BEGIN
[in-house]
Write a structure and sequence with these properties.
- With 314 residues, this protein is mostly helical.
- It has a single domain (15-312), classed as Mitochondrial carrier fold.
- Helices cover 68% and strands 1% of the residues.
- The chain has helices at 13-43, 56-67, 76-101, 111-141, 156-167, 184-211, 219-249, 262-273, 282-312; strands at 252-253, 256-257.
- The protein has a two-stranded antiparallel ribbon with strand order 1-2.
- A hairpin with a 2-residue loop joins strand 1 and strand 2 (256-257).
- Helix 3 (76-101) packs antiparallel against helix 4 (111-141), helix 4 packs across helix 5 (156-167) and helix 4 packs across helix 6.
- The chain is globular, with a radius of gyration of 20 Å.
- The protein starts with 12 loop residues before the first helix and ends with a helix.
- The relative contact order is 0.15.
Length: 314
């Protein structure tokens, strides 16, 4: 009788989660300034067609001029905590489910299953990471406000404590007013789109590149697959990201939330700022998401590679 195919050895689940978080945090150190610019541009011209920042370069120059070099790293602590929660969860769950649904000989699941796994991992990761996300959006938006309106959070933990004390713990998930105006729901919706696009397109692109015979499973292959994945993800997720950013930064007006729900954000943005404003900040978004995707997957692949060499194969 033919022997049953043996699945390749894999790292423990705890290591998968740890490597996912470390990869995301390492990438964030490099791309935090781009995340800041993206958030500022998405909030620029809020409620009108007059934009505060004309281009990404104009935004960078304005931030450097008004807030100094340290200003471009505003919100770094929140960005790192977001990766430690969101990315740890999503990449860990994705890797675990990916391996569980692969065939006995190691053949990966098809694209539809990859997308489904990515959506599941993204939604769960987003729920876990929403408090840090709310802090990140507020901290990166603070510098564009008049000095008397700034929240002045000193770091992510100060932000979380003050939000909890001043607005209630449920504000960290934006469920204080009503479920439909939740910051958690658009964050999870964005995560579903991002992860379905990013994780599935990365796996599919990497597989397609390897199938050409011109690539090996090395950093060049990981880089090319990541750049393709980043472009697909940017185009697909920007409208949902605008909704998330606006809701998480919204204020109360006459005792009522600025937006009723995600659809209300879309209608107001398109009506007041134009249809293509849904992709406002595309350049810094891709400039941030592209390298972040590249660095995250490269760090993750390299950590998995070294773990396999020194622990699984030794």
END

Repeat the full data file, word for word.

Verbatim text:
[in-house]
Write a structure and sequence with these properties.
- With 314 residues, this protein is mostly helical.
- It has a single domain (15-312), classed as Mitochondrial carrier fold.
- Helices cover 68% and strands 1% of the residues.
- The chain has helices at 13-43, 56-67, 76-101, 111-141, 156-167, 184-211, 219-249, 262-273, 282-312; strands at 252-253, 256-257.
- The protein has a two-stranded antiparallel ribbon with strand order 1-2.
- A hairpin with a 2-residue loop joins strand 1 and strand 2 (256-257).
- Helix 3 (76-101) packs antiparallel against helix 4 (111-141), helix 4 packs across helix 5 (156-167) and helix 4 packs across helix 6.
- The chain is globular, with a radius of gyration of 20 Å.
- The protein starts with 12 loop residues before the first helix and ends with a helix.
- The relative contact order is 0.15.
Length: 314
């Protein structure tokens, strides 16, 4: 009788989660300034067609001029905590489910299953990471406000404590007013789109590149697959990201939330700022998401590679 195919050895689940978080945090150190610019541009011209920042370069120059070099790293602590929660969860769950649904000989699941796994991992990761996300959006938006309106959070933990004390713990998930105006729901919706696009397109692109015979499973292959994945993800997720950013930064007006729900954000943005404003900040978004995707997957692949060499194969 033919022997049953043996699945390749894999790292423990705890290591998968740890490597996912470390990869995301390492990438964030490099791309935090781009995340800041993206958030500022998405909030620029809020409620009108007059934009505060004309281009990404104009935004960078304005931030450097008004807030100094340290200003471009505003919100770094929140960005790192977001990766430690969101990315740890999503990449860990994705890797675990990916391996569980692969065939006995190691053949990966098809694209539809990859997308489904990515959506599941993204939604769960987003729920876990929403408090840090709310802090990140507020901290990166603070510098564009008049000095008397700034929240002045000193770091992510100060932000979380003050939000909890001043607005209630449920504000960290934006469920204080009503479920439909939740910051958690658009964050999870964005995560579903991002992860379905990013994780599935990365796996599919990497597989397609390897199938050409011109690539090996090395950093060049990981880089090319990541750049393709980043472009697909940017185009697909920007409208949902605008909704998330606006809701998480919204204020109360006459005792009522600025937006009723995600659809209300879309209608107001398109009506007041134009249809293509849904992709406002595309350049810094891709400039941030592209390298972040590249660095995250490269760090993750390299950590998995070294773990396999020194622990699984030794």